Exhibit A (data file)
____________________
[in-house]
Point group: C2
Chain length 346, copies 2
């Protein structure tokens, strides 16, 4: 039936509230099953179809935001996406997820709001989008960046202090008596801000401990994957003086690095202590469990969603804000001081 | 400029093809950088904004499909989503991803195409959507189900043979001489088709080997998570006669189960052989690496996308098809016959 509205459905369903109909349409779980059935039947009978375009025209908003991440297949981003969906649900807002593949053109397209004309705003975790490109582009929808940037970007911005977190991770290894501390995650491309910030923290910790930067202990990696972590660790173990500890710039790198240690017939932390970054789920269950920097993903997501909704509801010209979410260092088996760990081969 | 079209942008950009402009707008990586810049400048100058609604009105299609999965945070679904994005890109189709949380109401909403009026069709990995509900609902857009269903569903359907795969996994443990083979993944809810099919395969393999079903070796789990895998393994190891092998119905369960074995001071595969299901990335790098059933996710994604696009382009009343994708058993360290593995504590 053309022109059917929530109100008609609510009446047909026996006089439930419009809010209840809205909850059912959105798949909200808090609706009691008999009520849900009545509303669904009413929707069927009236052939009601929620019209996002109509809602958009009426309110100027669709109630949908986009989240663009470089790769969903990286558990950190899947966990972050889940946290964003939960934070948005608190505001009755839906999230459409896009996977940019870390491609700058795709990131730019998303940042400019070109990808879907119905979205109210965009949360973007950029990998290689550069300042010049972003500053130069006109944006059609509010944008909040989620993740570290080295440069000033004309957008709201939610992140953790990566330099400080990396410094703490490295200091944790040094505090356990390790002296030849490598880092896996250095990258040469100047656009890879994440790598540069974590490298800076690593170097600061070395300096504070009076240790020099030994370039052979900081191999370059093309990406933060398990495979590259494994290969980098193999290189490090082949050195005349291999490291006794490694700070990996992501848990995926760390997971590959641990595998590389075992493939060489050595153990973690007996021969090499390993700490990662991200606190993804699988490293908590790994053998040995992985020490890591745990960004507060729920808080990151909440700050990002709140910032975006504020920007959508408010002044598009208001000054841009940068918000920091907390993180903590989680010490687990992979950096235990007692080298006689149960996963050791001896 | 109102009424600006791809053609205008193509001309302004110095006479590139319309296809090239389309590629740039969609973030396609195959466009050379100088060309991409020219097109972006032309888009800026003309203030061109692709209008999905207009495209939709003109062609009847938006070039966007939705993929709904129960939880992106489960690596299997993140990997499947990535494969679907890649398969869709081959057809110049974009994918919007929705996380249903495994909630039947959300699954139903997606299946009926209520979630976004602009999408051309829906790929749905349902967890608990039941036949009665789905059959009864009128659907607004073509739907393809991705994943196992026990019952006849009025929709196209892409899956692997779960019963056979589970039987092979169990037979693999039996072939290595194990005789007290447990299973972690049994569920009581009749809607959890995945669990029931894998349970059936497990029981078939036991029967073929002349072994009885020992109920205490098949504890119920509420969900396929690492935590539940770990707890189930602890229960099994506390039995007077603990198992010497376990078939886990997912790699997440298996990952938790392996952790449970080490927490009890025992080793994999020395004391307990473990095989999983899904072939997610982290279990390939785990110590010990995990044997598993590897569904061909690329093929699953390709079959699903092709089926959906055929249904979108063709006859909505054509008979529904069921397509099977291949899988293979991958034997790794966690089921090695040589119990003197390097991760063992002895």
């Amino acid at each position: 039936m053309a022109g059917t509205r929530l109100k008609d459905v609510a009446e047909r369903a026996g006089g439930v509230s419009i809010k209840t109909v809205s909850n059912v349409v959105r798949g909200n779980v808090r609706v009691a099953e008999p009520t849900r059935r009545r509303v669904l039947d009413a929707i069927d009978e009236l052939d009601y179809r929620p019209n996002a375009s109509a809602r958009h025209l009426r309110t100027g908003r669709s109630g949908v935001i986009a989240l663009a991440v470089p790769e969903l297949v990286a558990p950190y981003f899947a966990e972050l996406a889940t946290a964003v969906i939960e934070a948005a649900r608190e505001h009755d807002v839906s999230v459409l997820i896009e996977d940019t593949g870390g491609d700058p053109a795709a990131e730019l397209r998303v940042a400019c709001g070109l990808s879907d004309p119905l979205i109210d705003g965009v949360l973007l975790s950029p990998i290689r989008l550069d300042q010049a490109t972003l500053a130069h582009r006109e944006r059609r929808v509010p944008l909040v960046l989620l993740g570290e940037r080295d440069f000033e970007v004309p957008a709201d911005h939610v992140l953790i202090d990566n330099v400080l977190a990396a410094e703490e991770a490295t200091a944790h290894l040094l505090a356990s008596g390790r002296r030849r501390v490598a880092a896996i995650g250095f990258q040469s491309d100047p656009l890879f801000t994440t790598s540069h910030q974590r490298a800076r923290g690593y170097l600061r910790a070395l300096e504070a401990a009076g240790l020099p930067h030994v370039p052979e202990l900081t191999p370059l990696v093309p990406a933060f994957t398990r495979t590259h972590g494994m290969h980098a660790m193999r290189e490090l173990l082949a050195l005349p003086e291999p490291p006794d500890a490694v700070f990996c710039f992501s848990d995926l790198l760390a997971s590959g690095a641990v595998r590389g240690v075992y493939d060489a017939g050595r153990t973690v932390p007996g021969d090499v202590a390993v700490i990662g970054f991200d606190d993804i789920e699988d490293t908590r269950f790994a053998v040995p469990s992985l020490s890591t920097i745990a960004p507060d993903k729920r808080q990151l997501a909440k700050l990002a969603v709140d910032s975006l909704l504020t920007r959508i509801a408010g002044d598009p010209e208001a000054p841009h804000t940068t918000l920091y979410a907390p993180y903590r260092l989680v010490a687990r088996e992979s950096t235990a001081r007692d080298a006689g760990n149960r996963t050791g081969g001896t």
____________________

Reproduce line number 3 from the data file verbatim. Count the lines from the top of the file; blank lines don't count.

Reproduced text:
Chain length 346, copies 2